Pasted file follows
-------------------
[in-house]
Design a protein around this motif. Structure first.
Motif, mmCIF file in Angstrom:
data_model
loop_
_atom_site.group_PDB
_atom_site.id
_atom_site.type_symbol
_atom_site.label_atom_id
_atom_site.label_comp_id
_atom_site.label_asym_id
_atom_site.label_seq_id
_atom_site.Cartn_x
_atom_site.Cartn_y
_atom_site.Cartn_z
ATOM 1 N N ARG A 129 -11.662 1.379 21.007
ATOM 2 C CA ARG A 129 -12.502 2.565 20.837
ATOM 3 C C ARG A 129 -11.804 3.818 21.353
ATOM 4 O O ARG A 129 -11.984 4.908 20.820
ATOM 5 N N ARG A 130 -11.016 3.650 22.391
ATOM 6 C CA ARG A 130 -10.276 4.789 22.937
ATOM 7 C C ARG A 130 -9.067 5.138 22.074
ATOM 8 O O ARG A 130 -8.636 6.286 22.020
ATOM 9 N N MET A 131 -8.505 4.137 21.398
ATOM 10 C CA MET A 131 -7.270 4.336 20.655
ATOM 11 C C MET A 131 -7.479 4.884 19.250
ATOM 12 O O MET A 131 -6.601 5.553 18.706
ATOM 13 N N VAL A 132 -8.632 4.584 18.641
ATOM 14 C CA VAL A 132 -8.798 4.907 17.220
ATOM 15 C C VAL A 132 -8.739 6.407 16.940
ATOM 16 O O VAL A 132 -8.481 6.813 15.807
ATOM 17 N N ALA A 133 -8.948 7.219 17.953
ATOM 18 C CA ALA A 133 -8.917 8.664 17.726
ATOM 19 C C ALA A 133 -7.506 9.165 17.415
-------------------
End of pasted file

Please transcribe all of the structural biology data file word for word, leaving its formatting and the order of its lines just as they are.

[in-house]
Design a protein around this motif. Structure first.
Motif, mmCIF file in Angstrom:
data_model
loop_
_atom_site.group_PDB
_atom_site.id
_atom_site.type_symbol
_atom_site.label_atom_id
_atom_site.label_comp_id
_atom_site.label_asym_id
_atom_site.label_seq_id
_atom_site.Cartn_x
_atom_site.Cartn_y
_atom_site.Cartn_z
ATOM 1 N N ARG A 129 -11.662 1.379 21.007
ATOM 2 C CA ARG A 129 -12.502 2.565 20.837
ATOM 3 C C ARG A 129 -11.804 3.818 21.353
ATOM 4 O O ARG A 129 -11.984 4.908 20.820
ATOM 5 N N ARG A 130 -11.016 3.650 22.391
ATOM 6 C CA ARG A 130 -10.276 4.789 22.937
ATOM 7 C C ARG A 130 -9.067 5.138 22.074
ATOM 8 O O ARG A 130 -8.636 6.286 22.020
ATOM 9 N N MET A 131 -8.505 4.137 21.398
ATOM 10 C CA MET A 131 -7.270 4.336 20.655
ATOM 11 C C MET A 131 -7.479 4.884 19.250
ATOM 12 O O MET A 131 -6.601 5.553 18.706
ATOM 13 N N VAL A 132 -8.632 4.584 18.641
ATOM 14 C CA VAL A 132 -8.798 4.907 17.220
ATOM 15 C C VAL A 132 -8.739 6.407 16.940
ATOM 16 O O VAL A 132 -8.481 6.813 15.807
ATOM 17 N N ALA A 133 -8.948 7.219 17.953
ATOM 18 C CA ALA A 133 -8.917 8.664 17.726
ATOM 19 C C ALA A 133 -7.506 9.165 17.415